My Dad dug them out to see what the gag was...

After looking over the newsletters he found that Clark *The Senator* Crandall started the newsletter with issue 2. number 2 and issue 1 number one never existed... I can imagine magicians looking for issue one number one because fifty bucks back in those days was quite a sum...

Clark *The Senator* Crandall really knew how to set up a joke!!!

My Dad remembered that he was great with the dice stack and did a lot of television after he moved to the west coast. Including regular spots on Steve Allan on the tonight show and the Gary Moore show...
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foolsnobody
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I own two different publications by the Senator. One is called Now You Can Get the Best of 'Senator' Crandall and was published by Abbott's. The other is Crandall's Comments #1-7. They are in an old manilla envelope with "Lloyd E. Jones" printed in the upper left corner but they *look* like they were self-published by Crandall himself after he had moved to Hollywood. They were *distributed* by Lloyd E. Jones I see now. "Issued whenever I can at 50 cents an issue." Hmmm I notice my computer keyboard doesn't have a "cents" sign. Hmph!
John Pezzullo
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Bruce Cervon, who was very close to Clarke 'The Senator' Crandall, has had a book about him 'in the works' for a number of years.

Hopefully this book will be published in the not too distant future.
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Whit Haydn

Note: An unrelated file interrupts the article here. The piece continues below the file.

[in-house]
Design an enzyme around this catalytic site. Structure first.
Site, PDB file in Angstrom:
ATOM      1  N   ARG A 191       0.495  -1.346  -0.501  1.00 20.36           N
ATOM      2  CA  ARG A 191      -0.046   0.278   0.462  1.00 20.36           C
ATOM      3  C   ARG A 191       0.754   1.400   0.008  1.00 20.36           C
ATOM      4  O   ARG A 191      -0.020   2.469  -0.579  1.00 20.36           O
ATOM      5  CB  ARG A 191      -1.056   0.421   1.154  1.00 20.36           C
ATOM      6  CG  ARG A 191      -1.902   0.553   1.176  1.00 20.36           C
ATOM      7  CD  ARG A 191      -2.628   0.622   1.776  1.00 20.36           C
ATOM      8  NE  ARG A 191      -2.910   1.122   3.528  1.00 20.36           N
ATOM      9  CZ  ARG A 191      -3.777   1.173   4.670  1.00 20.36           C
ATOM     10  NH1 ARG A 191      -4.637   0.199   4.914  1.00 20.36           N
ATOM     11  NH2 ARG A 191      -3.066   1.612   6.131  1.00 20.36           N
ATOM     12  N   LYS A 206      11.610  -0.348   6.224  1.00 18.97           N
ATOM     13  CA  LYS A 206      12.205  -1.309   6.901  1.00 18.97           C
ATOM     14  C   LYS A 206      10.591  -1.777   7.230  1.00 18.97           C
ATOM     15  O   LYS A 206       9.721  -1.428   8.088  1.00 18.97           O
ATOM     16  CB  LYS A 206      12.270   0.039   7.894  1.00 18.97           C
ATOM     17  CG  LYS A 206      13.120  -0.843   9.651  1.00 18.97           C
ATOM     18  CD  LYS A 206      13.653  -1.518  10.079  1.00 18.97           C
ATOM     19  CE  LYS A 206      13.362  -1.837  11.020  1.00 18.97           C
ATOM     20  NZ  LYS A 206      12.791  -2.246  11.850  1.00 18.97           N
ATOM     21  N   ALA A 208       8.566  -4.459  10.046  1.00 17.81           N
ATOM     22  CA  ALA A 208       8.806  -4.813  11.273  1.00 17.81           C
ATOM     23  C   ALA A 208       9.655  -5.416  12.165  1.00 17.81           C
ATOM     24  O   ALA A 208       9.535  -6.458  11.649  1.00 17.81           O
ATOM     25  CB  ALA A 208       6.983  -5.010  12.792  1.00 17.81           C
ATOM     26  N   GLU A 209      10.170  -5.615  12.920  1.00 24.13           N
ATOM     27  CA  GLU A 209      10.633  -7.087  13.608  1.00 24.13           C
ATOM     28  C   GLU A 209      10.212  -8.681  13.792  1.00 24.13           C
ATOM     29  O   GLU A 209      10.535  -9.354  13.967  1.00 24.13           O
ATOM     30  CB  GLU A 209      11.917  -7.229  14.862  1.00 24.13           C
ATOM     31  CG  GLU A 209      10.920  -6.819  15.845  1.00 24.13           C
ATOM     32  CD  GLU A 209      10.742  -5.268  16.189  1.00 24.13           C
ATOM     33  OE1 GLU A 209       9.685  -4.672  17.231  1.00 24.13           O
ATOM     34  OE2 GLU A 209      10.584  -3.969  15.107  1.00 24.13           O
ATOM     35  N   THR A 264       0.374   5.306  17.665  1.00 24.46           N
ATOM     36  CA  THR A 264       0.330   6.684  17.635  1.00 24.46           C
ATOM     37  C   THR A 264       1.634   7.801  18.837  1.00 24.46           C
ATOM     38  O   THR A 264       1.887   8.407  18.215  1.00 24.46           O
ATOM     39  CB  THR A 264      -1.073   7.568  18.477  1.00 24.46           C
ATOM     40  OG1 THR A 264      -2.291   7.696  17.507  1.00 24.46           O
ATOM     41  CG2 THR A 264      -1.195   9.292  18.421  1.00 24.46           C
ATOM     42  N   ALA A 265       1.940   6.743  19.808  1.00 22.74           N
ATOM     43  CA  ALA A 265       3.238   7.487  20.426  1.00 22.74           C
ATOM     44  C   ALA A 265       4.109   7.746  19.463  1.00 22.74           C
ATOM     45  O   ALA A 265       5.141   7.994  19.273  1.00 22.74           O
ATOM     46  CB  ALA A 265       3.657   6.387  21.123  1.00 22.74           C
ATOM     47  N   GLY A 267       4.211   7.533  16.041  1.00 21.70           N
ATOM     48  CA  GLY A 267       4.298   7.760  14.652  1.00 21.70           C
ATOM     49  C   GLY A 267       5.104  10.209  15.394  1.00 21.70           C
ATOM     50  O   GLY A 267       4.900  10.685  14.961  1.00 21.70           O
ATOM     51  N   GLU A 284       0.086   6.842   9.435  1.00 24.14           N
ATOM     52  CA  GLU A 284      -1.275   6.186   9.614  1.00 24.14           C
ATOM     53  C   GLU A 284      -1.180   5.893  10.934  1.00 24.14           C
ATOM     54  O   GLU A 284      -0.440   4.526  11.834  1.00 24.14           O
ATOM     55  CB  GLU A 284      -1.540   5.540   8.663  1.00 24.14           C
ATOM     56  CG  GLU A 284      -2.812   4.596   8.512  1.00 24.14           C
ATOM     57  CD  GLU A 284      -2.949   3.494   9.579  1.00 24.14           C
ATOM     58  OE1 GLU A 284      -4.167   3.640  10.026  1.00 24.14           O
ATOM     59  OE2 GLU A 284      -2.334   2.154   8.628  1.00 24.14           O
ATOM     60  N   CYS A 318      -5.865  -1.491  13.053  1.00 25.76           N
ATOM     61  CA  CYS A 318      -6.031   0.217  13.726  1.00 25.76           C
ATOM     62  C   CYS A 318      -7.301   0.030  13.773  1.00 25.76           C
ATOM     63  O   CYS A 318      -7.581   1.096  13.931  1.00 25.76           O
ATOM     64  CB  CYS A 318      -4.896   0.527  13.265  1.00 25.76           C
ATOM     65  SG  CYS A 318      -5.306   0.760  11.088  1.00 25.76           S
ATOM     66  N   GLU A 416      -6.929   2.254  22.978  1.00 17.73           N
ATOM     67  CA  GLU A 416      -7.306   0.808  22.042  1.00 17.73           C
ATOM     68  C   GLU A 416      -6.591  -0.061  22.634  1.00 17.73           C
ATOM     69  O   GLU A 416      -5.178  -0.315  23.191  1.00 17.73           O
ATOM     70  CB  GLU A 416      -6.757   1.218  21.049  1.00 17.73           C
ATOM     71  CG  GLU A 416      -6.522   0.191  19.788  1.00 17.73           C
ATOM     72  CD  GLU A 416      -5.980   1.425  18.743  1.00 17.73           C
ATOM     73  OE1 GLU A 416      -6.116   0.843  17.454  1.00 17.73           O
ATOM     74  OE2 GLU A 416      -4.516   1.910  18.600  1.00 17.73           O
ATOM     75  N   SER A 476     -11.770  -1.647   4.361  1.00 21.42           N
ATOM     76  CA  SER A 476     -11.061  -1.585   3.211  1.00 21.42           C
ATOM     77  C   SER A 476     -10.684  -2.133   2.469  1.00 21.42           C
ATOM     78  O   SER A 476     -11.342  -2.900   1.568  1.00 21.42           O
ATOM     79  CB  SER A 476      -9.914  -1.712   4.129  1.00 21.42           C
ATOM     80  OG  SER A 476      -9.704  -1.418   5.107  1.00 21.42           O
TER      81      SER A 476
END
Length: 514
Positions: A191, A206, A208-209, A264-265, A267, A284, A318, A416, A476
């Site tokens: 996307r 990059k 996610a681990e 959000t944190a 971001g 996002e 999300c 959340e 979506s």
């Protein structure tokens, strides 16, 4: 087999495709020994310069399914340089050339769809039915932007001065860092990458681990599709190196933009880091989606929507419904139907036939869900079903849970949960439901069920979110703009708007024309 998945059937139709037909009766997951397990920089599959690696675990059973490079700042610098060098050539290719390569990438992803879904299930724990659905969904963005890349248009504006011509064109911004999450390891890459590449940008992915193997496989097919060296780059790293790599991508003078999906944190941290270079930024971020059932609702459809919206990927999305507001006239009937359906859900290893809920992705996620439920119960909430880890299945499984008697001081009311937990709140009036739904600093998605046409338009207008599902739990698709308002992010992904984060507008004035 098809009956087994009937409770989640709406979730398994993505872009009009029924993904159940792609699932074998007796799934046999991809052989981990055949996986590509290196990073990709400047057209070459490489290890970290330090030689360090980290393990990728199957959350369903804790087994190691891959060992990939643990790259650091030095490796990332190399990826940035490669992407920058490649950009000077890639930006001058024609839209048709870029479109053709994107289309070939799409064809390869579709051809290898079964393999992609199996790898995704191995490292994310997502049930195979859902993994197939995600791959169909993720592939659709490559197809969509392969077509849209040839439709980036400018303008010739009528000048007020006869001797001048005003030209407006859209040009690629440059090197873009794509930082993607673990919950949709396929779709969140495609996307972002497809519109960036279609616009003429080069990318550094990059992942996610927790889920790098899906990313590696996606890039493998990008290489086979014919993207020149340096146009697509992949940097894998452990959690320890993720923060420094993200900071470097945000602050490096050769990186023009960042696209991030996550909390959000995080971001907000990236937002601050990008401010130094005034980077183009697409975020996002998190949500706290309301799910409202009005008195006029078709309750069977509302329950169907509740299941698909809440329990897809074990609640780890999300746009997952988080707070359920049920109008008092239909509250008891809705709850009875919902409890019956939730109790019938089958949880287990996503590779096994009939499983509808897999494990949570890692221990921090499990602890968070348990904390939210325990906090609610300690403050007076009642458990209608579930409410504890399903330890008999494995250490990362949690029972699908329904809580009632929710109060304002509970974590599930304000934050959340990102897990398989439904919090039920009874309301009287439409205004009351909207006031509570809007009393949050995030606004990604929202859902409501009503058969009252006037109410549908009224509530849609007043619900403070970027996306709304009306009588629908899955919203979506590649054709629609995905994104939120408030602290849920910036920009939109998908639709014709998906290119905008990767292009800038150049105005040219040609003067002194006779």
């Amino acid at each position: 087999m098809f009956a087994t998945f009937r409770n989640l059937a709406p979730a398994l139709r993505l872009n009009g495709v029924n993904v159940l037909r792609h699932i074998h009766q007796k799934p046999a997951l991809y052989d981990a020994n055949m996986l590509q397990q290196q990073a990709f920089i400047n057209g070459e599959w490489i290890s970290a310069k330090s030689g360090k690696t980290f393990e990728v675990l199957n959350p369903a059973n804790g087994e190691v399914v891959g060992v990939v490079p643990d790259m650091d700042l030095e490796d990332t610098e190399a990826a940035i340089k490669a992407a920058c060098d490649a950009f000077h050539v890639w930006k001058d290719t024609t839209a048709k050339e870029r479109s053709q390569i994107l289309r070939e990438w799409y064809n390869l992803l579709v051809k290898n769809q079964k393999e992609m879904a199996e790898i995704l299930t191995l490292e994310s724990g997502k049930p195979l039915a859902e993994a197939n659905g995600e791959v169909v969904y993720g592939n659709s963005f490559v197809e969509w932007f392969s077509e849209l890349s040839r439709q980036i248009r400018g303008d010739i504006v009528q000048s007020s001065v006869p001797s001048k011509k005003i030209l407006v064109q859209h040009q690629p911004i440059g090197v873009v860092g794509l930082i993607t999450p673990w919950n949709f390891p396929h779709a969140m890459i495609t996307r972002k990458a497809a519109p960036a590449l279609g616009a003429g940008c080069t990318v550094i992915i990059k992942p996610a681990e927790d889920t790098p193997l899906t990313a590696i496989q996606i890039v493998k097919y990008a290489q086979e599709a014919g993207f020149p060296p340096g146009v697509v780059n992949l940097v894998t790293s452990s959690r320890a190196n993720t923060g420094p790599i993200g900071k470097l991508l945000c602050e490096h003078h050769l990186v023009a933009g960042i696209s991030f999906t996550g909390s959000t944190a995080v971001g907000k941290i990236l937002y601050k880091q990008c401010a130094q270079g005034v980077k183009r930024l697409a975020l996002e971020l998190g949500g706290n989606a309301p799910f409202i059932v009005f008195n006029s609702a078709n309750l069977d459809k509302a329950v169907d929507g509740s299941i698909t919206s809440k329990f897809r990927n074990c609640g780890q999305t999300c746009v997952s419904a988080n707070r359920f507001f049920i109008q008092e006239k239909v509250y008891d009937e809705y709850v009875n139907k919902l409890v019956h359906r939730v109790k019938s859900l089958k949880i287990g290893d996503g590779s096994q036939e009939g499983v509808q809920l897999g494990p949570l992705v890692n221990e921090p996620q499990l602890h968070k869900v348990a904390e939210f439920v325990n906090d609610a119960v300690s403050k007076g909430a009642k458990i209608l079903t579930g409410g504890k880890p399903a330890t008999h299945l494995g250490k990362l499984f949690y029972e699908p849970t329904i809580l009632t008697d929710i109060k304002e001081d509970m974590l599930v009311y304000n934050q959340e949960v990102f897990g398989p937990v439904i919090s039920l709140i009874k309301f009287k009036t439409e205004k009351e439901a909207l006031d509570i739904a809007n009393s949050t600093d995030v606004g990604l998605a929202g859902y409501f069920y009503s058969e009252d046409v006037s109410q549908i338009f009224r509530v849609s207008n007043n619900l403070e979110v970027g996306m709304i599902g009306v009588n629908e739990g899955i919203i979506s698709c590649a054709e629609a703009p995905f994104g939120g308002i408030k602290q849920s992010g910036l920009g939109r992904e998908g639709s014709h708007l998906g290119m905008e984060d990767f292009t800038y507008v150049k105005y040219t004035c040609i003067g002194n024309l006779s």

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I was about fourteen at Abbott's Get Together in the early Sixties when I first met the Senator.

I was watching him perform for some guys, and I crowded in behind him from his left side to see if I could get a good shot at his "pass." I didn't think he noticed me at his elbow, he was so into his card trick and entertaining the handful of magicians standing around.

As he was about to do his pass, he reached over to the cane hanging off his left elbow and gave it a slight adjustment. It came up right between my legs and lightly bumped my crotch. As I jumped back, he turned his head toward me and glanced at me, and said, "Watch your peter, son." He then finished the trick without missing a beat, and turned and gave me a wink before walking on to another group.

I learned a lot about crowd control, misdirection, and magic manners all at the same time.
Bill Palmer
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One of my favorite Crandallisms was his reference to a fellow who had "joined the local magic club to find out how the breakaway wand worked."
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Pete Biro
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Someone asked, "Why do you call yourself Senator?" He replied, "I don't, you did."
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Brad Jeffers
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You can see the Senator perform on the Don Alan Magic Ranch videos.
coupcoupdaddy
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Sen. Crandall's column in The New Tops magazine had a lifelong impact on me...still does. IHis writings plus the work of Jung and Cambell were responsible for the formulation of my BA in mythogenics. He kindly corresponded with me and sent me oodles of his hilarious promo. I got to meet him at an early 1960's Abbott's Get-Together. I was quite small for my age and I went up to him and introduced myself saying my name and "I wrote you some letters.." "So you're the one!" he boomed back intimidatingly and delightfully. Neil Foster's collection of his columns, Now You Can Get the BEST OF 'SENATOR CRANDALL, still brings great joy and inspiration. He was and is an original thinker in our art and craft with a heart matching his stature in spite of his crusty and cynical persona.
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Chatterbox41